Girlfriend on Mars by Deborah Willis
New York. W. W. Norton. 2023. 368 pages.
The information revolution brings a new round of human alienation, and the existential crisis becomes more apparent. In her timely novel Girlfriend on Mars, the Calgary-based Canadian writer Deborah Willis uses everyday language to depict a real world, where living on Mars seems to be not science fiction but an imminent future for mankind: disease epidemics, rampaging AI, collapse of food stocks, resource wars between nuclear-armed states, together with overpopulation and ecological problems, all help boost the billionaire Geoff Task’s pet project, which aims to relocate some of humanity to another planet.
The main character of the story, Amber, is chosen to be a Marsonaut. Amber and Kevin have been in love for fourteen years, but a crisis arises when Amber signs up for the first human-led mission to Mars and stars in the MarsNow reality TV series, followed by a sequence of cheating, betrayal, and breakup. Amber was once an Olympic gymnast whose career was ruined by a shoulder injury. Now she tries hard to leave the planet, dreaming of saving the earth out of human hubris, and escaping the trauma of her family of origin, but her “daddy issues” haunt her—she makes every effort to win the approval of her evangelical Christian father, but in vain.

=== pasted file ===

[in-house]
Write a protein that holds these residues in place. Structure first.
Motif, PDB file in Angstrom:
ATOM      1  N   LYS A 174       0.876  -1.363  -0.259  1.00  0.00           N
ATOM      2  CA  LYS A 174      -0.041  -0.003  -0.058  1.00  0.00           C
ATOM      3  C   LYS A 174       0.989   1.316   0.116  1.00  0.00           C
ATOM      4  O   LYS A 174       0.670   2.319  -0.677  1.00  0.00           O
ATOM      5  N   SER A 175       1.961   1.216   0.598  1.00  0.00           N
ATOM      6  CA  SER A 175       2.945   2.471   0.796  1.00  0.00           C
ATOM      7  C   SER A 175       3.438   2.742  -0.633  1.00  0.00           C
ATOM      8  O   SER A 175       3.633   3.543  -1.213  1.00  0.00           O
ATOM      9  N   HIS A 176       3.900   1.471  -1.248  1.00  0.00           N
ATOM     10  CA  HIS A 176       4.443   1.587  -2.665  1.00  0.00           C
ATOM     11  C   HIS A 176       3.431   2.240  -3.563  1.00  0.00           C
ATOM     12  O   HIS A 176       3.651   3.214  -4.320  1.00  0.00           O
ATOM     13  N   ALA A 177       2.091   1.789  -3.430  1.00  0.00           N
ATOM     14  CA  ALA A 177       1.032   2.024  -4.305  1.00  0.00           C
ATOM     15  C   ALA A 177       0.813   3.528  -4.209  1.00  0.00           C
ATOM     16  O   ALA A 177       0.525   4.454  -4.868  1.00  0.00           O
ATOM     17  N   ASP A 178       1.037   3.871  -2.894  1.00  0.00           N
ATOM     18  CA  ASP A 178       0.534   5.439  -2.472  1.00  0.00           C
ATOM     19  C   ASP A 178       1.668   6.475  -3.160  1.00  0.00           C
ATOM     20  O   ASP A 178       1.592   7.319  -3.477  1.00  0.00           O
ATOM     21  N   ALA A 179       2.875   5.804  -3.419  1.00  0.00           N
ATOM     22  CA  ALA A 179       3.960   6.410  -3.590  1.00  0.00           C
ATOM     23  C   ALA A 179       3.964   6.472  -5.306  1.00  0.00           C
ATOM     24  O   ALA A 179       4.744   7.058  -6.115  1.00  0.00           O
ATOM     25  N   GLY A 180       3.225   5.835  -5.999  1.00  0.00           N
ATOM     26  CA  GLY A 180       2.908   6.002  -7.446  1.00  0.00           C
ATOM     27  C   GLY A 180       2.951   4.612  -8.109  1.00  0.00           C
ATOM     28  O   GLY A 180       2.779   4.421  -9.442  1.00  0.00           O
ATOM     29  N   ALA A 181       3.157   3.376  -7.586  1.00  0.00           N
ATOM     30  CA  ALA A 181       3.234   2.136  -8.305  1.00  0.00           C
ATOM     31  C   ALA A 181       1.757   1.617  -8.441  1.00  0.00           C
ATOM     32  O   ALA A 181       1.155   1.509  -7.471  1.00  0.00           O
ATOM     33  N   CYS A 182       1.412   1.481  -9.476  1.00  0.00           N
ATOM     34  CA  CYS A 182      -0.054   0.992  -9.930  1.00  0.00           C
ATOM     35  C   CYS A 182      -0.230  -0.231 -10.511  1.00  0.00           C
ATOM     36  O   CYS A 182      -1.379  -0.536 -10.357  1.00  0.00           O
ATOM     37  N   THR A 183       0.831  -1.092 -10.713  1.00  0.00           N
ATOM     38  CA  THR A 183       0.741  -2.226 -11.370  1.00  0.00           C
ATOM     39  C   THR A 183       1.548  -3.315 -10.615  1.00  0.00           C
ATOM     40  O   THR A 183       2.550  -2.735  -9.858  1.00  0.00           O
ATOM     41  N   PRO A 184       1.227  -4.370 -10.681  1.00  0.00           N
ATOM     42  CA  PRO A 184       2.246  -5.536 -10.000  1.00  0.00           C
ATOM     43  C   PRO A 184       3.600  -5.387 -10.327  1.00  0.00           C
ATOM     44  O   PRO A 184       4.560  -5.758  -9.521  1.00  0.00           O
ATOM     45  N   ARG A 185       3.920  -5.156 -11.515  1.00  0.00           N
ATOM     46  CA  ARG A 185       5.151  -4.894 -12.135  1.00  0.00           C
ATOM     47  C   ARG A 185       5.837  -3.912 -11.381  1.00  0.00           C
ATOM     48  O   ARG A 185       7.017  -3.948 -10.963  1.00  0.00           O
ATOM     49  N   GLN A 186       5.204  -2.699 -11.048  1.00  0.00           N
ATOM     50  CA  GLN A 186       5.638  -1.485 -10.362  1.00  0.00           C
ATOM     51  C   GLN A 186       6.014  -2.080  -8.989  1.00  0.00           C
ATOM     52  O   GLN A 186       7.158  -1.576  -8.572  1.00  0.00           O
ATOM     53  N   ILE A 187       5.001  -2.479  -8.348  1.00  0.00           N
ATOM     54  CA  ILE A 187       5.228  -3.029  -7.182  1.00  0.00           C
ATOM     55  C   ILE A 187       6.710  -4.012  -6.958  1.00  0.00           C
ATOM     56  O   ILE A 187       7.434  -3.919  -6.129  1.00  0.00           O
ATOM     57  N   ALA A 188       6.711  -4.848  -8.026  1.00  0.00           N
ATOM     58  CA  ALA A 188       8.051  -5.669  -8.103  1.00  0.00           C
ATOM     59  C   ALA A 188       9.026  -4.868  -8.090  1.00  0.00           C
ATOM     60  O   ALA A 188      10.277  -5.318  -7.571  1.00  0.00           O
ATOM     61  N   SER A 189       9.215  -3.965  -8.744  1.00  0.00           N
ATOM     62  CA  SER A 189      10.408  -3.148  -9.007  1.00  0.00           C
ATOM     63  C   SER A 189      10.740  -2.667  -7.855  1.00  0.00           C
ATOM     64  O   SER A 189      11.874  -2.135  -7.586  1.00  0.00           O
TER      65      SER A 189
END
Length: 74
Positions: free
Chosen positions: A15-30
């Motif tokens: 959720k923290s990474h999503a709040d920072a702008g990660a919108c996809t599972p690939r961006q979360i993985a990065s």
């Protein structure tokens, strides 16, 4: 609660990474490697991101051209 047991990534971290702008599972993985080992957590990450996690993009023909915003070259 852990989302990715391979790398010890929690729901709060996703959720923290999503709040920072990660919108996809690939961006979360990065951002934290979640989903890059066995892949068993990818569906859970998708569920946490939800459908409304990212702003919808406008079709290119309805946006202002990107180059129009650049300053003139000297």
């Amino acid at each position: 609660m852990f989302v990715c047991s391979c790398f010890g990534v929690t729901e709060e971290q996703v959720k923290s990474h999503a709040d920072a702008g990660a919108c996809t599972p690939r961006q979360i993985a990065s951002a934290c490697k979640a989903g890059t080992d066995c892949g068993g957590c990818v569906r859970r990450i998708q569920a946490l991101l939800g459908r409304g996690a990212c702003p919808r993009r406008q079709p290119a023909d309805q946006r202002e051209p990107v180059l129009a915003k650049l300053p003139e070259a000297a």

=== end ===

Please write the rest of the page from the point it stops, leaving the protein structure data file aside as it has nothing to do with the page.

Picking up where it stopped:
Kevin is a failed screenwriter, prone to smoking marijuana as a “spaceship” to travel to any unreality—one of his fantasies is “to make profound, literary love to Zadie Smith.” He blames himself for his mother’s death and grows agoraphobic because he feels unable to save Amber from the exploitation-industrial complex, the religion of fame, and the System itself, which results in “the most dramatic, narcissistic suicide in the history of humanity.”
The author portrays both the social media carnival and the profit-oriented enterprise with bitter sarcasm but shows the utmost tolerance and respect for ordinary people with warmth and tenderness: when Amber miscarries, suffers from cancer, and faces death on Mars, her Martian partner, Adam, utters comforting and forgiving words she has never heard from her father. When Kevin learns about her fate through Instagram, he finally decides to leave the “sanctuary,” going outside to meet with his friends. Amber’s footsteps on Mars (“one small step for woman,” as she believes) and Kevin’s footsteps out of his apartment are both hard steps on the road to discovering the meaning of life and self-existence.
Like Kevin’s desert-island book The Great Gatsby, Girlfriend on Mars tells “a story ostensibly about love but really about soul-crushing decadence. Ostensibly about decadence, but really about love.” Through this dark rom-com, Willis illustrates the eternal propositions of human beings—love, freedom, and faith—against the context of an absurd capitalist society and prophesies a new promised land: since it is unsuitable for survival on frozen Mars, we might as well turn attention to our own garden and explore the inner universe.
Nanjing Normal University